Darien Sills-Evans, Billoah Greene, Tichina Arnold, Eartha Kitt, Patti LaBelle
|It wasn't worth a windshield.
|I was looking forward to this film, released on April 14th in 150 theatres nationwide under the name "Preaching to the Choir."
On the way to the theatre to see the film, Indianapolis was hit by a massive thunderstorm, including the most intense hailstorm I've ever seen in Indianapolis. The result? Five cars in front of me were swept off the road, windows knocked completely out. FIVE. Somehow, I managed to pull over into a school parking lot with large branches, 1.5" diameter hail and various other objects flying around me. I sat there and, yes, prayed as the hail pummeled by car and first one, then two, then three, then four cracks began to show in my car's windshield.
What had begun as a peaceful, enjoyable drive to watch an inspiring film ended in an intense and frightening experience as I both experienced danger and joined many others as we checked on each other's welfare, checked our cars for damage and called loved ones for reassurance.
One would have to realize the role of film in my life to fully comprehend why, even after all that, I ascertained the safety of my vehicle then made the conscious decision to continue on to see "Preaching to the Choir."
Film, for me, is a healer. I can be experiencing joy, rage, pain, frustration, loneliness or utter despair and, somehow, a good film (or even a bad one) will somehow lift me up, allow me to feel my feelings and calm my soul.
More than ever, last night I NEEDED "Preaching to the Choir."
"Preaching to the Choir" is similar in theme to last year's unexpected gospel-themed hit "The Gospel," a film starring Boris Kodjoe as a man who finds success in mainstream music only to return home to an ailing father and re-discover his roots.
"Preaching to the Choir" is a more intense, urban film centered on twin brothers whose parents, one a minister, die at a young age and the boys are left in the care of Aunt June in Harlem.
One boy, Wesley, grows up to be the pastor of the church in which he is raised. The other boy, Teshawn, grows up to be a hip-hop star named Zulunatic.
Both young men carry significant baggage from their childhoods, including unresolved grief, emotional scars and resentments towards each other.
Wesley (Darien Sills-Evans) pastors a stagnant congregation with a bland choir. He has an inability to connect with neighborhood youth, and an engagement that seems more based upon function than connection. The church, in many ways, has sheltered him from a lifetime of feelings and experiences after the deaths of his parents.
Zulu (Billoah Greene), on the other hand, lives the high life (literally) as a hip-hop star whose risky behaviors and rebellion have left him surrounded by people who won't hesitate to harm him once his usefulness to them is done.
After a bitter contract dispute with his record label results in a shoot-out and fiery crash that nearly kills the record label owner, Zulu returns home to "hide" in the last place they'd expect him...a church.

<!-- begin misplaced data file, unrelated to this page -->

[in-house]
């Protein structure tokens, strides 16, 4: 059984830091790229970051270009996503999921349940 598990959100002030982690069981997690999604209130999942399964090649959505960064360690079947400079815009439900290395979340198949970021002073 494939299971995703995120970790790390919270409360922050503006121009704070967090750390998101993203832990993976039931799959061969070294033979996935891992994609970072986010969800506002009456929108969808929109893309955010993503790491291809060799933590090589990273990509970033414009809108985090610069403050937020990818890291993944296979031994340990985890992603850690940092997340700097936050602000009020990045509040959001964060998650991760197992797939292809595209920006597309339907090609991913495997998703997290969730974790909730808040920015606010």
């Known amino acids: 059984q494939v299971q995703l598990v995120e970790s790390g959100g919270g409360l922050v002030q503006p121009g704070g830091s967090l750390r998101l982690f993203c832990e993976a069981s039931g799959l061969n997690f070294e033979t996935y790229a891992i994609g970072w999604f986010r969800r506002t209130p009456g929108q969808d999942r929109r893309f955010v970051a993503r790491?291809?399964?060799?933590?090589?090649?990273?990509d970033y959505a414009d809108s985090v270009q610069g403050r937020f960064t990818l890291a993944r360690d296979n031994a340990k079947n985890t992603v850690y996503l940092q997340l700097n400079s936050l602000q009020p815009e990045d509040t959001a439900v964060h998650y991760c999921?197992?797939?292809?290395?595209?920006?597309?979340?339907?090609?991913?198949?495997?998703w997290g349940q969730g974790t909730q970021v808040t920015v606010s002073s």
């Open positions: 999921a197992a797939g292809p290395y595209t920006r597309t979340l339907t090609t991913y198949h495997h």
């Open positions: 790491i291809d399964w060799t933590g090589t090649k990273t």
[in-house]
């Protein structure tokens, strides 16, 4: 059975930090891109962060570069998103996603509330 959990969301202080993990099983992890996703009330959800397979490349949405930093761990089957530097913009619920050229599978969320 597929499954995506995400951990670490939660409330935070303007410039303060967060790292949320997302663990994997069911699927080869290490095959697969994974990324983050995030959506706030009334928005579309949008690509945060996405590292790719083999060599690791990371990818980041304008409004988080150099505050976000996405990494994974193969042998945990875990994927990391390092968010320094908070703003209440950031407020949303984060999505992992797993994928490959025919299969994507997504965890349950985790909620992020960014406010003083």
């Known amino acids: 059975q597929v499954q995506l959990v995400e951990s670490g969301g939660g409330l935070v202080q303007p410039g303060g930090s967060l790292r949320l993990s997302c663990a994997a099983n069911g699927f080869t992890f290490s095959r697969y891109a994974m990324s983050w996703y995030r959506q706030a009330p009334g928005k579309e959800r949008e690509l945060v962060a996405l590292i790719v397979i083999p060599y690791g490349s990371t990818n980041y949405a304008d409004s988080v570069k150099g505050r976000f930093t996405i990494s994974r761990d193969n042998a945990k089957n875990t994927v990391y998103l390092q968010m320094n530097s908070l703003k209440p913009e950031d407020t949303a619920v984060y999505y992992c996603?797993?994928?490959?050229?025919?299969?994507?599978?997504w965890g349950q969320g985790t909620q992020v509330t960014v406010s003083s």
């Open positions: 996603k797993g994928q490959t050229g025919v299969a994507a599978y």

What follows is a fairly predictable story of healing, redemption, faith and two brothers learning the importance of family.
In some ways, "Preaching to the Choir" reminds me of a Kirk Franklin song. Franklin songs are often energetic and inspirational, yet they are also often grounded in urban realities, tough lessons and, sometimes, controversial subjects. "Preaching to the Choir" tries, only occasionally successfully, to present the realities of urban life with a life affirming, Christ-centered message.
The film also features appearances by Eartha Kitt (seriously under-utilized), as a choir member, and Patti LaBelle, who is seen early on as Sister Jazmine in the film's strongest musical segments.
In his feature film directing debut, Charles Randolph-Wright has a clear vision for the script by Kevin Heffernan (based upon a book by Monica Lengyel Karlson). Unfortunately, the film often loses its sense of balance in addressing both urban reality and Christian lifestyle.
For example, the "love" story that Zulu is involved in upon his return to the church. It is conveyed, initially, over their conversation during an art exhibit...that's dandy, but then we learn that she has all Zulu's releases, which include his big hit "My Bag of Weed."
Hmmm. Interesting way to convey a "love" story based in a church.
Then, when Zulu faces the possibility of leaving to avoid retaliation by the record label owner, there's again talk of running off together, etc.
This lack of balance is a running theme throughout the film, and often overshadows the positive and inspirational energy throughout the film. By the end of the film, it becomes clear what the film-maker was going for...he just didn't quite get there.
The original score, by Nona Hendryx, is appropriately gospel-tinged, though a bit lower energy than what is found in this type of film (with the exception of the aforementioned Patti LaBelle segments in the beginning).
The performances are uniformly solid, though none particularly stand-out. Tichina Arnold (the mother on "Everybody Hates Chris") offers a nice performance with an out of place character, Desiree, whose inappropriate dress is mentioned but just accepted, throughout the film.
It was sort of inevitable that Hollywood would begin to see the profit margins available in these lower-budget, Christian-themed films and begin to release them more often. Inevitably, when this happens we begin to see films with common themes and, sadly, the "Hollywood" trend of rehashing success stories takes hold. "Preaching to the Choir" recently won three awards during the American Black Film Festival, including the coveted Audience Award.
If you enjoyed "The Gospel," Tyler Perry's films or any other number of Black-themed films then, odds are, you will enjoy "Preaching to the Choir."
|© Written by Richard Propes
The Independent Critic